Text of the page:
Thankfully the album begins to show some glimmers of hope in the second half, the more ambient, sentient version of King 810’s musical palette. Most of the songs in this section are either influenced by a weird, artsy form of lounge jazz or almost fully blown classical compositions, offering King 810’s stab at creating a soundtrack to an Oscar-winning movie. None of these songs demonstrate the impression of that latter sound, but at least the band put some effort into trying. ‘Black Swan’ hinted at this apparent evolution with its succinctly dulcet tones and screeching violin usage, but it isn’t until the melancholic tone of ‘I ain’t Goin’ Back Again’ that the band fully represent their softer, less angst-ridden side. The compositions here are full of flavour, and especially with ‘Me & Maxine’, Gunn’s elaborate attempt at laying all of his romanticised guts onto the record player for all to witness. This song in particular demonstrates a swift transition from monotonous ambience to a quirkier, more prominent sound-simplistic jazz rhythms, lilting female vocals and an almost passionate narrative interlude by David Gunn himself which actually blows most of the rest of the album out of the water. Unfortunately, these glimmers of hope are quashed when the album continues to remind everyone how inconsistent King 810 have proven to be: The final two songs go nowhere at all and it simply gives the impression of a band trying to stretch a run-time unnecessarily beyond a solitary hour.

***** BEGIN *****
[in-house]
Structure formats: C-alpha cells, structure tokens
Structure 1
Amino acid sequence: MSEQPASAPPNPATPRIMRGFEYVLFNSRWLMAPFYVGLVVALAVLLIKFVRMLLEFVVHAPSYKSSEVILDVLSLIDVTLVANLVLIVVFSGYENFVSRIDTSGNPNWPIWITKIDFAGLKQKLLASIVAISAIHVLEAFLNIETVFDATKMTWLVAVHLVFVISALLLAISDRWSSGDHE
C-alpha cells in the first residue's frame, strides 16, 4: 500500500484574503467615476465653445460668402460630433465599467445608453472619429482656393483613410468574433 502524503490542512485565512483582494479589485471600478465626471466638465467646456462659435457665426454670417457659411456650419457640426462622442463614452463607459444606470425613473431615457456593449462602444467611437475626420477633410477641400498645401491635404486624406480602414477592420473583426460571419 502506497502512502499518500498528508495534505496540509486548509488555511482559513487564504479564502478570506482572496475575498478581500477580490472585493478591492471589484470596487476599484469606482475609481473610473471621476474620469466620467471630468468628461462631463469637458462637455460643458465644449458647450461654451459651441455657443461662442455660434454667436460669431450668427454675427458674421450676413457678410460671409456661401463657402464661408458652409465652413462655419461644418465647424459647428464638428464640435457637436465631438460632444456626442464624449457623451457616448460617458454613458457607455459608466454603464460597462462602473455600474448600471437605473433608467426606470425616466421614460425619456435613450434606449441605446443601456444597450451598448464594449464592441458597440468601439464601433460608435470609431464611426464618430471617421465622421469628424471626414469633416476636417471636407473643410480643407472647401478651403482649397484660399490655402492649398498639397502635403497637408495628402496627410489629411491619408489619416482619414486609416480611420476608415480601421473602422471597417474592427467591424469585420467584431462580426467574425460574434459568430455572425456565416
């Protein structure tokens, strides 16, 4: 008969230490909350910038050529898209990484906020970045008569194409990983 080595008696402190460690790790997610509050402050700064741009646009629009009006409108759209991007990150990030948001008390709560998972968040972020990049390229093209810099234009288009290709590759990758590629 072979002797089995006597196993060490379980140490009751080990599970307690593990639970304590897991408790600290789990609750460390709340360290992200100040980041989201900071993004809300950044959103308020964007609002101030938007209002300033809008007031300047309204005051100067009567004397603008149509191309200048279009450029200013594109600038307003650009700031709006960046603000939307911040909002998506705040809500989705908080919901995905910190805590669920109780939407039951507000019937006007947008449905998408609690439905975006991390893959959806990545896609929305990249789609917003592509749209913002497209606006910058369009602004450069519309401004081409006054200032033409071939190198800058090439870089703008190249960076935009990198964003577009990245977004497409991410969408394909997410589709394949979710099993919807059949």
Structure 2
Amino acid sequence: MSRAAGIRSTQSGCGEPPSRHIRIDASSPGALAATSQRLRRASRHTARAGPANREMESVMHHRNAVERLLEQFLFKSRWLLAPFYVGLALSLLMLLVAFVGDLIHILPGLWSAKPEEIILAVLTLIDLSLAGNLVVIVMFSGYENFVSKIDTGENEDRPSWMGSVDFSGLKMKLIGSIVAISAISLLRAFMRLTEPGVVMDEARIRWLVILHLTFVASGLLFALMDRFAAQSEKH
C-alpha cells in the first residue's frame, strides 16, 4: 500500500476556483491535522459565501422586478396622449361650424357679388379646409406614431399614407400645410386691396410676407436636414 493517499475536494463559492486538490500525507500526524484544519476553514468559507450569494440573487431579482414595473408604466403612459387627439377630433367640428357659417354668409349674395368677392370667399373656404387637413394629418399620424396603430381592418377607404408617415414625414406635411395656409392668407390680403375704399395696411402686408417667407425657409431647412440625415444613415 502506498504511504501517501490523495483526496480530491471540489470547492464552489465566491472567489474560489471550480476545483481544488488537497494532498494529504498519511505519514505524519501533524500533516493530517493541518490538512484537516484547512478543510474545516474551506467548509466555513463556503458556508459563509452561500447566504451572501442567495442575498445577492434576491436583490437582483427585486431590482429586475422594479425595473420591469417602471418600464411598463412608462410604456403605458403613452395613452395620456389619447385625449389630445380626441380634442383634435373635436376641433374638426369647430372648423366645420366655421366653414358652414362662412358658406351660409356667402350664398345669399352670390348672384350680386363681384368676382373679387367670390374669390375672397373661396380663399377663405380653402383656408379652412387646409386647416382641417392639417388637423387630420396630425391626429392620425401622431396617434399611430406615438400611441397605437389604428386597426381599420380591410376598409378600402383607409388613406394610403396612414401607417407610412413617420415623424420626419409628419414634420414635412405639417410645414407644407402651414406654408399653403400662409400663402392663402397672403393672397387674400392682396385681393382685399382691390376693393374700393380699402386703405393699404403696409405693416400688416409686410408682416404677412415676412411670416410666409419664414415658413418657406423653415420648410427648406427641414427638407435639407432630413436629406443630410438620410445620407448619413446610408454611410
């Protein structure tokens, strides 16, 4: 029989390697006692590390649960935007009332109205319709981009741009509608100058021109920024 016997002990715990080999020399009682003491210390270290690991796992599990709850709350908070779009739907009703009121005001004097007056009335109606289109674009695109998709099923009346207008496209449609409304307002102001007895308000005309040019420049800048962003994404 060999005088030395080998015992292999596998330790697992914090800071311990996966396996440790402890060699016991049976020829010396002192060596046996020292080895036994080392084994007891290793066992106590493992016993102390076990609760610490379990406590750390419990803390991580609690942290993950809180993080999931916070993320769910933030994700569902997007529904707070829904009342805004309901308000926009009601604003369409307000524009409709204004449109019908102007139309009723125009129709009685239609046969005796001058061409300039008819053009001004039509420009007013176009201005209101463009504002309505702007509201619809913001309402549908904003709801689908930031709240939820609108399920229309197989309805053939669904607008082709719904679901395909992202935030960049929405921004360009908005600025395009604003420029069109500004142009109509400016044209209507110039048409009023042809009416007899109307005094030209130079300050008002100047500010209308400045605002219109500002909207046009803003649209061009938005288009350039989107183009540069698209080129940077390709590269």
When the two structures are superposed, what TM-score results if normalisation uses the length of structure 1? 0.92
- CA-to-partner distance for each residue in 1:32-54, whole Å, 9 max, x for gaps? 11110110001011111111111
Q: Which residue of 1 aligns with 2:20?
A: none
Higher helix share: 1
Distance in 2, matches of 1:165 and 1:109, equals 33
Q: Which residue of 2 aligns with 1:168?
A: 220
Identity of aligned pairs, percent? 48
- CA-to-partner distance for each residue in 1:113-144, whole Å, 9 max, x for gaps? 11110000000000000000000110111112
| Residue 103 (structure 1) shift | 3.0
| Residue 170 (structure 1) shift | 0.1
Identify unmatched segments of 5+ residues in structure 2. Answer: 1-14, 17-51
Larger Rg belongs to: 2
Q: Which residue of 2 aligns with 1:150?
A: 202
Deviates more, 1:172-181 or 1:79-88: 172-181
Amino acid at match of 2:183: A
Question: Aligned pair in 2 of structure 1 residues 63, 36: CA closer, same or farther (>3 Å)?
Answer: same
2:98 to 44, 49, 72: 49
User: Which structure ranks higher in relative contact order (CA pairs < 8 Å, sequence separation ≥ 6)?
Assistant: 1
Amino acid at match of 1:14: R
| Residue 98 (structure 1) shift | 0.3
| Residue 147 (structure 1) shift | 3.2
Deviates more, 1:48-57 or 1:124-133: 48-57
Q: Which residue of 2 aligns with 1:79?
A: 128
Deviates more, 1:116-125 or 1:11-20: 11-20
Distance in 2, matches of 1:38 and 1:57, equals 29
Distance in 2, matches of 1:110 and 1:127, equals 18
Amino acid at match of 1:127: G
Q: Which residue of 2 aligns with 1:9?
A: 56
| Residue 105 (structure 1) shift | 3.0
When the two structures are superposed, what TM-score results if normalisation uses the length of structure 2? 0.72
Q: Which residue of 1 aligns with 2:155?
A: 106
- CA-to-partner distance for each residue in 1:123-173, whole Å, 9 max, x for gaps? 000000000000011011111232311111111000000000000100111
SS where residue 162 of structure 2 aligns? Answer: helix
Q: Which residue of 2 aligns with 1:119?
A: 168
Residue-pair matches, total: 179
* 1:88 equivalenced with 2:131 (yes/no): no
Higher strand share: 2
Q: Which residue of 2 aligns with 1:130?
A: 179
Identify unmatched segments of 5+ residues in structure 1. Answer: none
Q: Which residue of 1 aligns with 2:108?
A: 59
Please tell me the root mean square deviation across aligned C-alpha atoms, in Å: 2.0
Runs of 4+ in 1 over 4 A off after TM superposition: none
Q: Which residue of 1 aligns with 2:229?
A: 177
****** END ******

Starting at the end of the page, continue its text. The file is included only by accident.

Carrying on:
Alas, “La Petite Mort or a Conversation with God” is as average and frustrating as its predecessor, but in different ways. Whereas “Memoirs of a Murderer” simply a demonstrated a lack of maturity and clarity in all of its angst-ridden pieces, “La Petite Mort” demonstrates a stab at trying to overcome the past musical mistakes, and sadly fails. Whilst there are certainly moments of greatness here (few and far between, and all of them remain in the album’s more versatile second half), the great mammoth-sized bulk of this hour-long effort leaves the listener wanting so much more than what they thought they were going to get before pressing play. King 810 undoubtedly have demons to spurn forth through the medium of artistic integrity, but they haven’t attended to it in the right way-on their debut or their sophomore effort. Let’s hope album number three (if there is to be a third) makes a big step forwards.
Released: September 16th, 2016.
- Heavy Lies the Crown
- Alpha and Omega
- Give My People Back
- Black Swan
- The Trauma Model
- La Petite Mort
- I ain’t Goin’ Back Again
- War Time
- Life’s Not Enough
- Me & Maxine
- Wolves Run Together
- A Conversation with God